Like I said, Cook is still writing wonderfully and this book was the page turner that all of his works seem to be. Yet something was lacking and I'm having trouble putting my finger on it. Perhaps its the fact that he has too many POVs; the chapters on Piper and Februaren/Heris was exciting and satisfying but the chapters dealing with Nassim were dull and (unless Cook unveils something big in book #4) didn't seem to be that relevant to the overall plot. I've been surprised by Cook's plot twists before and hopefully he's doing a little sleight of hand and misdirection to set his readers up for a big finish with the last book. If Cook holds to form then readers can expect lots of main and secondary character's deaths in book 4--the holocaust of characters in the last book of the Black Company series left my jaw on the floor.

Overall "Surrender to the Will of the Night" is solid but not outstanding. I know Mr. Cook juggles lots of series' at once (Garrett, new Black Company Books!, and this series) but hopefully he'll focus in on book #4 of this series and give it the finish it deserves.

PS: Highly recommend Cook's other series': Black Company, Dread Empire, Garrett P.I., Darkwar.
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13 of 15 people found the following review helpful
4.0 out of 5 stars ambitious and flawed, rewarding but frustrating, weak 4 November 29, 2010
Format:Hardcover
Surrender to the Will of the Night is Glen Cook's third book in his Instrumentalities of the Night series, and despite its great potential, shares some of the same flaws as its two predecessors.

There are several major plot strands braided together. One involves Piper Hecht's growing entanglement with the Grail Empire, headed by Empress Katrin, who wishes to hire Piper away from the Patriarch's army and make him commander of her new Righteous Army, which she plans to send on crusade to rid the Holy Lands of the Praman's. Luckily for her, upheaval in the Patriarchal hierarchy may make Piper free to consider her request (Piper's attraction to Katrin's sister Helspeth doesn't hurt). Speaking of the Holy Lands and the Praman, a secondary plot involves an attempt by Indala al-Sul Halaladin to unify the Praman into a single kaifate, ending their internecine warfare/raiding and freeing them to focus on liberate the Holy Lands in a counter-crusade. Meanwhile, parallel to all this is a magical battle by Cloven Februaren (the "Ninth Unknown") and Piper's sister Heris against Kharoulke the Windwalker, one of the most powerful and worst Instrumentality. And, as usual in this series, there are a host of other "meanwhile's" one could add.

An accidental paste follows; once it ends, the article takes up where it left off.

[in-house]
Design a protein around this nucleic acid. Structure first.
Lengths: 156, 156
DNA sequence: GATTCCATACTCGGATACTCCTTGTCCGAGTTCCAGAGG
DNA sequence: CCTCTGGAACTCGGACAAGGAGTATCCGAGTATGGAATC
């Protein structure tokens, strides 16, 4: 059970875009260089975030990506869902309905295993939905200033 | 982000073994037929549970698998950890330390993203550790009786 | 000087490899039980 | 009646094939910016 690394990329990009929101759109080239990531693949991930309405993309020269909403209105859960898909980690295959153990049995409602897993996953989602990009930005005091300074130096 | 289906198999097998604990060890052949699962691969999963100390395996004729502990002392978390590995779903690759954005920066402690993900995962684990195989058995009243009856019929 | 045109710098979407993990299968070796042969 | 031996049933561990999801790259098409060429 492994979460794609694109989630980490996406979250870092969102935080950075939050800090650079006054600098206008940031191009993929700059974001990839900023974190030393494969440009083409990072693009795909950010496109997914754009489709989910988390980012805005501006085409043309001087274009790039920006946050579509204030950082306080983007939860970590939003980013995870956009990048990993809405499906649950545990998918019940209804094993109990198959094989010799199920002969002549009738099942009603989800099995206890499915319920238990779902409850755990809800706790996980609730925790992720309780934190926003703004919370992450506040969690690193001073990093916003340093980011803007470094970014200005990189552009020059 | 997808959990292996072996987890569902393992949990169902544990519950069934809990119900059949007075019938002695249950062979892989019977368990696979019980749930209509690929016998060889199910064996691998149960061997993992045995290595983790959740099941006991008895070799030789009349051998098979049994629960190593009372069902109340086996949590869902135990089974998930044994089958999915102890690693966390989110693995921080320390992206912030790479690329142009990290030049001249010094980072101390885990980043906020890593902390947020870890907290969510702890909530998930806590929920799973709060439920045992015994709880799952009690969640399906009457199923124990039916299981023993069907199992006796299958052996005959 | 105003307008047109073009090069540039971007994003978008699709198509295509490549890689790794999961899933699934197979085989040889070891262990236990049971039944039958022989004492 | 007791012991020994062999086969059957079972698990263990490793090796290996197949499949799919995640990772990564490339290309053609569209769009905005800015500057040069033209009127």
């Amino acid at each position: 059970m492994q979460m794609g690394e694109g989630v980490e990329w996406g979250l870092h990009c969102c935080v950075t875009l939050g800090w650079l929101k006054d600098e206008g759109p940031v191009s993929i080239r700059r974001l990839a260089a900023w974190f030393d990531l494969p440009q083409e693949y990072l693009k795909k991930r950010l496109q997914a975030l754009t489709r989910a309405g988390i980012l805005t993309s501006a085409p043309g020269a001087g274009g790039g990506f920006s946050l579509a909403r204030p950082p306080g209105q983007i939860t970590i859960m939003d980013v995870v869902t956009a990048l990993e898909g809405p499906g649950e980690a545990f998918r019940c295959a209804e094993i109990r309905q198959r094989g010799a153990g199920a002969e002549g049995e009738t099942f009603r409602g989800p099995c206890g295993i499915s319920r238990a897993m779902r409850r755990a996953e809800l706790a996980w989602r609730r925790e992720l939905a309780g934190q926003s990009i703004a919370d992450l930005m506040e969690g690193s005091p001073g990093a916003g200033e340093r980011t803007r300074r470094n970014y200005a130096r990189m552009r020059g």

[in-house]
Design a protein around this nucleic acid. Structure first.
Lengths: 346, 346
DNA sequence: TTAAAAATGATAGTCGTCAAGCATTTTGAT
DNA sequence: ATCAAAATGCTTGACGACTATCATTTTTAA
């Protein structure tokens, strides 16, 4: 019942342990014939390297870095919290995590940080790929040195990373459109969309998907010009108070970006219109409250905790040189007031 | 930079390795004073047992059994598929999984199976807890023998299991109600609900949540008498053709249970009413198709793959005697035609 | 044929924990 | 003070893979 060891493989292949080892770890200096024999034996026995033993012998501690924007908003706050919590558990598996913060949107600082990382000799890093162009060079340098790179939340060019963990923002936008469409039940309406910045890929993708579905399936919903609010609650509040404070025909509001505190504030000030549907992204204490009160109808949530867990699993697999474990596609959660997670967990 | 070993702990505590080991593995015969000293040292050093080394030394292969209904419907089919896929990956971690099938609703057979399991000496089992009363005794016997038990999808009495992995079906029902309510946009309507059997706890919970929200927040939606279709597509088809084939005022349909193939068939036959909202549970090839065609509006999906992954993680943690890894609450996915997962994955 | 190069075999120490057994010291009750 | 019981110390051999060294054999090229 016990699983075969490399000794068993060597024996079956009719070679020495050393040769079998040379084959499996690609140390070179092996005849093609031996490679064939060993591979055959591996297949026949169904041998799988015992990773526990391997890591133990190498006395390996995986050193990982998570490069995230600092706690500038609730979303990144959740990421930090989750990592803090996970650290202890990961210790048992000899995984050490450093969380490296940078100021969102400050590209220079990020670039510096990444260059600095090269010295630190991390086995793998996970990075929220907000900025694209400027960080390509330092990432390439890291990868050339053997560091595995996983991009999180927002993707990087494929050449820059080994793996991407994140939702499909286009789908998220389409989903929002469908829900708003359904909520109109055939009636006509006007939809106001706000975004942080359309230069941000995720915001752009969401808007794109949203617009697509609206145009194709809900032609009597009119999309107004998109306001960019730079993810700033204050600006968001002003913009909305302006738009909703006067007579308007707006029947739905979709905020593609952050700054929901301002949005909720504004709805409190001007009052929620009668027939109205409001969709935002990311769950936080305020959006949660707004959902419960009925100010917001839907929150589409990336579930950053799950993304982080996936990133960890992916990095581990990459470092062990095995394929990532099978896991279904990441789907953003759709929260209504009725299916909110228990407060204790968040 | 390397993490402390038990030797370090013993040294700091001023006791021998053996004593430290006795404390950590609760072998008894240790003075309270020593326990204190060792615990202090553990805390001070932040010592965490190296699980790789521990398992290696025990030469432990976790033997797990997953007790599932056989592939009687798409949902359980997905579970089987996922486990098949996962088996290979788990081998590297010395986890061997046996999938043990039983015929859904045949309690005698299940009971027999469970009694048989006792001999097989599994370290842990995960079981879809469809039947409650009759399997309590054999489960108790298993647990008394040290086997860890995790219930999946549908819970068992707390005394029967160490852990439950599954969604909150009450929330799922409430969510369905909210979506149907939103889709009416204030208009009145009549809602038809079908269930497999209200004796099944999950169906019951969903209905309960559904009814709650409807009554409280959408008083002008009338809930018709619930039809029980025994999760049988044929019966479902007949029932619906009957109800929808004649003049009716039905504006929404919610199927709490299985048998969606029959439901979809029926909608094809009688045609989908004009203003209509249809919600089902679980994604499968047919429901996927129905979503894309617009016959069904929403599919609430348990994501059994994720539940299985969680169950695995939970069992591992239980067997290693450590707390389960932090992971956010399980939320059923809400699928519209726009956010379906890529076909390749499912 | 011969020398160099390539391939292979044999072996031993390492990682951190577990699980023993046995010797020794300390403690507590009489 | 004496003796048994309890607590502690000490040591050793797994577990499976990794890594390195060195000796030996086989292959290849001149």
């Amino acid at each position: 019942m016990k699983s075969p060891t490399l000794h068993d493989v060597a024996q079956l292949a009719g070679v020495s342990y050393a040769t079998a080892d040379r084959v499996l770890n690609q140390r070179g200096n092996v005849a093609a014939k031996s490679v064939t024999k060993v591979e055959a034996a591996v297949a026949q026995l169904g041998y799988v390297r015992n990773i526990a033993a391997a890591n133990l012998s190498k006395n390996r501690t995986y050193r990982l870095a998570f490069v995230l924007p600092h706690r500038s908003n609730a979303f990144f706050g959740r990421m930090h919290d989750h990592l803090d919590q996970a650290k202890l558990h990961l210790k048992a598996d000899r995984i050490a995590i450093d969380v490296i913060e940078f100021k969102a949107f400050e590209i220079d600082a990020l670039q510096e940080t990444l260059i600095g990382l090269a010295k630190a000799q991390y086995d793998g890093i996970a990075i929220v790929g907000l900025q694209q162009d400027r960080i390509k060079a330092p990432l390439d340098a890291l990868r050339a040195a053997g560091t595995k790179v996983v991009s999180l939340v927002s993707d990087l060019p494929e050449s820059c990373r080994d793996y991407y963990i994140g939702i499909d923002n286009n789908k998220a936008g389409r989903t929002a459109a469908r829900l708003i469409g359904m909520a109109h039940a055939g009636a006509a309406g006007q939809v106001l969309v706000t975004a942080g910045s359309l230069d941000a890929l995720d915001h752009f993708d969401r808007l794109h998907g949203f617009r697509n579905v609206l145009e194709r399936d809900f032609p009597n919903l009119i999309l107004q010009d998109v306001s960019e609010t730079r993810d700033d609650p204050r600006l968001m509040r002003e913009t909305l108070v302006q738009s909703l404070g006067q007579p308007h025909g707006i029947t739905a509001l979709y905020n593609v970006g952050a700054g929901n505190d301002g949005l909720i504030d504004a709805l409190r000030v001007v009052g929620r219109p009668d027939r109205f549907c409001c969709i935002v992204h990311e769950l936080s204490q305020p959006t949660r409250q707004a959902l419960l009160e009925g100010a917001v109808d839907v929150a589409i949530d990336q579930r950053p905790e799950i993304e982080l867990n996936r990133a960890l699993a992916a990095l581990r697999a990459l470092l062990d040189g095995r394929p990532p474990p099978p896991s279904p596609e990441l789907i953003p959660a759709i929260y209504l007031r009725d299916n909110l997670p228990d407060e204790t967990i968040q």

The most captivating plot I thought involved the book-length campaign against Kharoulke, in which Februaren and Heris have to enter another world, enlist the aid of long-vanished dwarves, find a way across the rainbow bridge into the castle of the gods, etc. The plot-line itself was interesting and enlivened by the entry of Norse mythology fully into the storyline, an entry made more complex and rich by the clash of that mythology and traditional magic with the increasingly sophisticated technology beginning to be deployed in this world.
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10 of 11 people found the following review helpful
4.0 out of 5 stars One of Cook's better works November 26, 2010
Format:Hardcover|Verified Purchase
I found this to be the best of the Instrumentatlies of the Night series yet. Interesting scenarios, fun characters, surprising plot twists, and an engaging writing style serve to make it a great book.

My own criticisms would be that Cook ends up Jordanizing a bit here... He doesnt do a lot of refreshers on what happened in the previous book, and there are an awful lot of character threads, some of which are just not terribly interestingly, even though they are important to the story. I think this book would have been a lot better had he clipped out one of the side threads, and focused more on the core threads of Hecht/Tage and the 9th unknown.
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5 of 5 people found the following review helpful
5.0 out of 5 stars Rewards reading closely November 27, 2011